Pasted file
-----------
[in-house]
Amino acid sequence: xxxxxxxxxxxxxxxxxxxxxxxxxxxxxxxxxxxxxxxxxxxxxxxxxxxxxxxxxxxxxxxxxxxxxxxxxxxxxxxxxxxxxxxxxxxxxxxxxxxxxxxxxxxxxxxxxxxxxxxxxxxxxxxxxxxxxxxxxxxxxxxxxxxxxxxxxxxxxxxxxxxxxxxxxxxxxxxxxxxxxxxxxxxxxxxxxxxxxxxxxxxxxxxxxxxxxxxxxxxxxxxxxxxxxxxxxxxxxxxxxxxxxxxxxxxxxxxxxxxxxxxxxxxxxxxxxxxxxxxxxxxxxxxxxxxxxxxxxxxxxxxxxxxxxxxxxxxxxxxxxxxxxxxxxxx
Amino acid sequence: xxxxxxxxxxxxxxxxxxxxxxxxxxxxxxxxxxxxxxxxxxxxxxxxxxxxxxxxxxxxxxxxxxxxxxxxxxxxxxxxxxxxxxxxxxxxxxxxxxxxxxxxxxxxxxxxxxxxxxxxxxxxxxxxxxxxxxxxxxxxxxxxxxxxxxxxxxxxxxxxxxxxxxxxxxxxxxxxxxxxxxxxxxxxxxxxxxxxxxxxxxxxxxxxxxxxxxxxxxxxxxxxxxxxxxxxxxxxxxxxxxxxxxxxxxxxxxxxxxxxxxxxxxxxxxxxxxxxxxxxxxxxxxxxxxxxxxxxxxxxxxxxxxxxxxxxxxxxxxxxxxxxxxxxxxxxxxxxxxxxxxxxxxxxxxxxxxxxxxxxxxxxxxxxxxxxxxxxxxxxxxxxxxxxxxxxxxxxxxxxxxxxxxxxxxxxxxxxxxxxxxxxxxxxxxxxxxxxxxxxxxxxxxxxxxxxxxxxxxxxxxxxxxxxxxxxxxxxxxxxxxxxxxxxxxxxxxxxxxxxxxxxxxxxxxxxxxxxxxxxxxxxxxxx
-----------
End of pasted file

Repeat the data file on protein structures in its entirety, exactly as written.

[in-house]
Amino acid sequence: xxxxxxxxxxxxxxxxxxxxxxxxxxxxxxxxxxxxxxxxxxxxxxxxxxxxxxxxxxxxxxxxxxxxxxxxxxxxxxxxxxxxxxxxxxxxxxxxxxxxxxxxxxxxxxxxxxxxxxxxxxxxxxxxxxxxxxxxxxxxxxxxxxxxxxxxxxxxxxxxxxxxxxxxxxxxxxxxxxxxxxxxxxxxxxxxxxxxxxxxxxxxxxxxxxxxxxxxxxxxxxxxxxxxxxxxxxxxxxxxxxxxxxxxxxxxxxxxxxxxxxxxxxxxxxxxxxxxxxxxxxxxxxxxxxxxxxxxxxxxxxxxxxxxxxxxxxxxxxxxxxxxxxxxxxx
Amino acid sequence: xxxxxxxxxxxxxxxxxxxxxxxxxxxxxxxxxxxxxxxxxxxxxxxxxxxxxxxxxxxxxxxxxxxxxxxxxxxxxxxxxxxxxxxxxxxxxxxxxxxxxxxxxxxxxxxxxxxxxxxxxxxxxxxxxxxxxxxxxxxxxxxxxxxxxxxxxxxxxxxxxxxxxxxxxxxxxxxxxxxxxxxxxxxxxxxxxxxxxxxxxxxxxxxxxxxxxxxxxxxxxxxxxxxxxxxxxxxxxxxxxxxxxxxxxxxxxxxxxxxxxxxxxxxxxxxxxxxxxxxxxxxxxxxxxxxxxxxxxxxxxxxxxxxxxxxxxxxxxxxxxxxxxxxxxxxxxxxxxxxxxxxxxxxxxxxxxxxxxxxxxxxxxxxxxxxxxxxxxxxxxxxxxxxxxxxxxxxxxxxxxxxxxxxxxxxxxxxxxxxxxxxxxxxxxxxxxxxxxxxxxxxxxxxxxxxxxxxxxxxxxxxxxxxxxxxxxxxxxxxxxxxxxxxxxxxxxxxxxxxxxxxxxxxxxxxxxxxxxxxxxxxxxxxx